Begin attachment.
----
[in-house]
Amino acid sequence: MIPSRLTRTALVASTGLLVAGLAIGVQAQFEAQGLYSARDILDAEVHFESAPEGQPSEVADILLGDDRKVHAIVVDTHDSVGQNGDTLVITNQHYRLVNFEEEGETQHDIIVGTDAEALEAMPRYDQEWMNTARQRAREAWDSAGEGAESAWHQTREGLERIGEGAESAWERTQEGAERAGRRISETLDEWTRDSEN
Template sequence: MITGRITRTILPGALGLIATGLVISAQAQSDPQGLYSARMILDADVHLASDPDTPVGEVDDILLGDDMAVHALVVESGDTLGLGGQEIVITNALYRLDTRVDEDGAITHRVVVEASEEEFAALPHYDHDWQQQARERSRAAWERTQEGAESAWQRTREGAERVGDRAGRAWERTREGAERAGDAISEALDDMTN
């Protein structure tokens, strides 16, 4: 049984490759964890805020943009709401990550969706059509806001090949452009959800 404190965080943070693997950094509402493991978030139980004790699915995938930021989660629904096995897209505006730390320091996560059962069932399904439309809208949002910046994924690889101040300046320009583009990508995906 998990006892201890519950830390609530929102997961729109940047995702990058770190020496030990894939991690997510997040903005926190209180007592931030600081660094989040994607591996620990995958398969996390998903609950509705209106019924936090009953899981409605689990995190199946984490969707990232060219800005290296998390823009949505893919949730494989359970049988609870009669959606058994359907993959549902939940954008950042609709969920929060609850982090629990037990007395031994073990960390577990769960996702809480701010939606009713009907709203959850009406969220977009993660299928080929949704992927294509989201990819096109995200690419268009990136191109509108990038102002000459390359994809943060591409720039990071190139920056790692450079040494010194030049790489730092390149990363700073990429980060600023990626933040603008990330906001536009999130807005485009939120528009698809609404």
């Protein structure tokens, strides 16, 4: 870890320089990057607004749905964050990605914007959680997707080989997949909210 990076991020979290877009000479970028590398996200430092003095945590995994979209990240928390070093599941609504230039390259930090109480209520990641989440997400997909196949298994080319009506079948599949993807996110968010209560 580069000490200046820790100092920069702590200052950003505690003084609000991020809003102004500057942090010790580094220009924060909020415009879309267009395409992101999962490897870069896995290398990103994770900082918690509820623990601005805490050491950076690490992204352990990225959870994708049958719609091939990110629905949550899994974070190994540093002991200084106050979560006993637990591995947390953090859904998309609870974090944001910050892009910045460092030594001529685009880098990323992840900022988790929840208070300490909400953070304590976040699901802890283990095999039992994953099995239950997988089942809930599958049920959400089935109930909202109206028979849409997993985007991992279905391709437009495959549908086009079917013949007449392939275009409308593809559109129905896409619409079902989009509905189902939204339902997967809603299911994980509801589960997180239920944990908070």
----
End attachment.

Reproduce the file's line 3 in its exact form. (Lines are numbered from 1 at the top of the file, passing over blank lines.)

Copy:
Template sequence: MITGRITRTILPGALGLIATGLVISAQAQSDPQGLYSARMILDADVHLASDPDTPVGEVDDILLGDDMAVHALVVESGDTLGLGGQEIVITNALYRLDTRVDEDGAITHRVVVEASEEEFAALPHYDHDWQQQARERSRAAWERTQEGAESAWQRTREGAERVGDRAGRAWERTREGAERAGDAISEALDDMTN